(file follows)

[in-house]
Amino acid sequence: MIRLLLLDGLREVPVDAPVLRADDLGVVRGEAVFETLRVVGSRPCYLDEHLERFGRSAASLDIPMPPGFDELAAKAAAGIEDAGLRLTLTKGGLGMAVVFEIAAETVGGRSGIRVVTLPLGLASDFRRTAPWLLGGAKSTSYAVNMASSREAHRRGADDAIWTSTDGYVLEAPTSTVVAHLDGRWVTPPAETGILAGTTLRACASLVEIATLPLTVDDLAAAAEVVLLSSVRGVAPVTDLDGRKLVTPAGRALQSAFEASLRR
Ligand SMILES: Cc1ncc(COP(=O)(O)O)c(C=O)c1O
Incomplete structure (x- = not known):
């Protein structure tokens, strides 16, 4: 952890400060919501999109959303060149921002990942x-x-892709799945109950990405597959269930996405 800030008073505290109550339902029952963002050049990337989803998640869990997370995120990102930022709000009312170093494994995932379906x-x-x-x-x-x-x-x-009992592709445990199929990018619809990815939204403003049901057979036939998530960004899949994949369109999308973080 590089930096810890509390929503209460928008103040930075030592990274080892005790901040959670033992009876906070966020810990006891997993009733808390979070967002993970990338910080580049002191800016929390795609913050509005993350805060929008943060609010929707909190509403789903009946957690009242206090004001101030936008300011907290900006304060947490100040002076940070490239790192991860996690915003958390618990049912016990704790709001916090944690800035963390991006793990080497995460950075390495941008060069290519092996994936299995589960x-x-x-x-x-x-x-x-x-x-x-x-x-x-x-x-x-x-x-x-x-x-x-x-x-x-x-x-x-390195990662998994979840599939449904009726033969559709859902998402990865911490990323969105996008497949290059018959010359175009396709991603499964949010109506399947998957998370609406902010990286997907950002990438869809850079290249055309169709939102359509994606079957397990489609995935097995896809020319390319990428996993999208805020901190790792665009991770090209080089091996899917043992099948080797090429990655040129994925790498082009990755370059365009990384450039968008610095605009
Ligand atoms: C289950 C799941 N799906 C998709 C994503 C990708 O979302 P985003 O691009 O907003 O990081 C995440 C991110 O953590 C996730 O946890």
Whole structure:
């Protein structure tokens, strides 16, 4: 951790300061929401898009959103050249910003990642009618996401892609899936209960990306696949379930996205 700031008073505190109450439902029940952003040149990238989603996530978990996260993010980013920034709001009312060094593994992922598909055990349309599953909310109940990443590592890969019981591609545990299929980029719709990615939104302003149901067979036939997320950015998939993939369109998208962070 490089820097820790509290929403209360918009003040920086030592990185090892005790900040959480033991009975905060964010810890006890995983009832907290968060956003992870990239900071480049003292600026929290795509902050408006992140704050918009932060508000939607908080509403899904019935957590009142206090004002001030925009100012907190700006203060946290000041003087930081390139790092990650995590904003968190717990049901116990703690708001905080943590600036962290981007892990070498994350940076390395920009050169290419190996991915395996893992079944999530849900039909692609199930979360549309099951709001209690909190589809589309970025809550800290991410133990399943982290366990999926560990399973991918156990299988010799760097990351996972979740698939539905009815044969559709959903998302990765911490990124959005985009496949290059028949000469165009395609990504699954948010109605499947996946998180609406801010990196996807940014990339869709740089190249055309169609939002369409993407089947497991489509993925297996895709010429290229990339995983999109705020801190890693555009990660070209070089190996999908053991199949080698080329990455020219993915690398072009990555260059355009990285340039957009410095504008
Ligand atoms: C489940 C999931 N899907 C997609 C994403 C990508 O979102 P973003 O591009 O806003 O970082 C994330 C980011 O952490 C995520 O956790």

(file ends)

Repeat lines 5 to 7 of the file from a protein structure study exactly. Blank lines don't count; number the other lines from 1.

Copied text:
């Protein structure tokens, strides 16, 4: 952890400060919501999109959303060149921002990942x-x-892709799945109950990405597959269930996405 800030008073505290109550339902029952963002050049990337989803998640869990997370995120990102930022709000009312170093494994995932379906x-x-x-x-x-x-x-x-009992592709445990199929990018619809990815939204403003049901057979036939998530960004899949994949369109999308973080 590089930096810890509390929503209460928008103040930075030592990274080892005790901040959670033992009876906070966020810990006891997993009733808390979070967002993970990338910080580049002191800016929390795609913050509005993350805060929008943060609010929707909190509403789903009946957690009242206090004001101030936008300011907290900006304060947490100040002076940070490239790192991860996690915003958390618990049912016990704790709001916090944690800035963390991006793990080497995460950075390495941008060069290519092996994936299995589960x-x-x-x-x-x-x-x-x-x-x-x-x-x-x-x-x-x-x-x-x-x-x-x-x-x-x-x-x-390195990662998994979840599939449904009726033969559709859902998402990865911490990323969105996008497949290059018959010359175009396709991603499964949010109506399947998957998370609406902010990286997907950002990438869809850079290249055309169709939102359509994606079957397990489609995935097995896809020319390319990428996993999208805020901190790792665009991770090209080089091996899917043992099948080797090429990655040129994925790498082009990755370059365009990384450039968008610095605009
Ligand atoms: C289950 C799941 N799906 C998709 C994503 C990708 O979302 P985003 O691009 O907003 O990081 C995440 C991110 O953590 C996730 O946890």
Whole structure: